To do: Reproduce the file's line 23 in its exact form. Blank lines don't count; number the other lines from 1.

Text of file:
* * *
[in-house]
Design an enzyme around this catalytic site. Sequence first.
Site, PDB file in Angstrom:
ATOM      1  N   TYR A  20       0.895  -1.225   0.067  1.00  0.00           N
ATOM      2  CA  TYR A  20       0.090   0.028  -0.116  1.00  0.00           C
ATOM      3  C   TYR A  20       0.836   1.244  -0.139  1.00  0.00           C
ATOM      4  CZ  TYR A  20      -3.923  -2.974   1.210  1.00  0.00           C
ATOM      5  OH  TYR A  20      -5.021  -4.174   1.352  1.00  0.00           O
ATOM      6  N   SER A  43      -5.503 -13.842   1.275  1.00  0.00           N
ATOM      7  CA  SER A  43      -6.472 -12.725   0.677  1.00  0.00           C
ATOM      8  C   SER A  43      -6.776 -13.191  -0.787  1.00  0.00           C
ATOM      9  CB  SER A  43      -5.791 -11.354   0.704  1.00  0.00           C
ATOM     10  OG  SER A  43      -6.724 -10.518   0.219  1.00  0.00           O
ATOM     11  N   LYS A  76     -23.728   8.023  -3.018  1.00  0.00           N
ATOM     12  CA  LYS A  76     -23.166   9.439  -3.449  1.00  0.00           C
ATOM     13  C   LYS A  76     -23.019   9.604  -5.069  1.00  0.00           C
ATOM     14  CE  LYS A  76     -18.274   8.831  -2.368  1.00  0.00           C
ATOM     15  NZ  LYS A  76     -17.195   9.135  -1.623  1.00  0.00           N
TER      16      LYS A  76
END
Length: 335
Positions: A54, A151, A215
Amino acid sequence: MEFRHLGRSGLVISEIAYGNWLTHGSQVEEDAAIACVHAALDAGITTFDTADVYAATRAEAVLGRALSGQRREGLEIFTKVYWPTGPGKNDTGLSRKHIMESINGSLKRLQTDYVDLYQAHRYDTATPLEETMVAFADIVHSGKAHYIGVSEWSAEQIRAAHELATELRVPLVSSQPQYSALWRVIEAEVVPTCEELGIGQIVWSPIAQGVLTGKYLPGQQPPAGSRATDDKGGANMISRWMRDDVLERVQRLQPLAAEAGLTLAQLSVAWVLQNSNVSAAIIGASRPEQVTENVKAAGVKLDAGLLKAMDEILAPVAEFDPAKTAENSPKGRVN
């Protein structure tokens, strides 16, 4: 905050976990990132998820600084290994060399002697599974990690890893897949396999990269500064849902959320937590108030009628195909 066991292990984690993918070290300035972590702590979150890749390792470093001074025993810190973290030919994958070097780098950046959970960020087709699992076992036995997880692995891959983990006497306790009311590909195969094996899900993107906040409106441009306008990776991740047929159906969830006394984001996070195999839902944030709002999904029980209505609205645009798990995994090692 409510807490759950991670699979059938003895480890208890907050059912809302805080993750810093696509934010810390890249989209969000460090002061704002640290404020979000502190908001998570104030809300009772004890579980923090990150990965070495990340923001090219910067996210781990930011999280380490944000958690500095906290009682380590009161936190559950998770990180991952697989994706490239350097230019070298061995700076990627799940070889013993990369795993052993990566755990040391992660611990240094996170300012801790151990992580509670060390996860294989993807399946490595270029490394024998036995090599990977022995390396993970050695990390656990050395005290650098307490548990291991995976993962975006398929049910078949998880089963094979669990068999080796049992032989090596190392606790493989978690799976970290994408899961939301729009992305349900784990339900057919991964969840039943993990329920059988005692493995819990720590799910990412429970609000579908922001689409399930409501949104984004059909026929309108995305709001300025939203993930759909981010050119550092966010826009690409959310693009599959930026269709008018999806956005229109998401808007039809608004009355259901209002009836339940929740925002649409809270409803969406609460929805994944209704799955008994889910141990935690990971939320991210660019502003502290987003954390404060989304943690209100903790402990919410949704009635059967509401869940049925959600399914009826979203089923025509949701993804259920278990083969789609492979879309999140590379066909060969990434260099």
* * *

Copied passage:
Amino acid sequence: MEFRHLGRSGLVISEIAYGNWLTHGSQVEEDAAIACVHAALDAGITTFDTADVYAATRAEAVLGRALSGQRREGLEIFTKVYWPTGPGKNDTGLSRKHIMESINGSLKRLQTDYVDLYQAHRYDTATPLEETMVAFADIVHSGKAHYIGVSEWSAEQIRAAHELATELRVPLVSSQPQYSALWRVIEAEVVPTCEELGIGQIVWSPIAQGVLTGKYLPGQQPPAGSRATDDKGGANMISRWMRDDVLERVQRLQPLAAEAGLTLAQLSVAWVLQNSNVSAAIIGASRPEQVTENVKAAGVKLDAGLLKAMDEILAPVAEFDPAKTAENSPKGRVN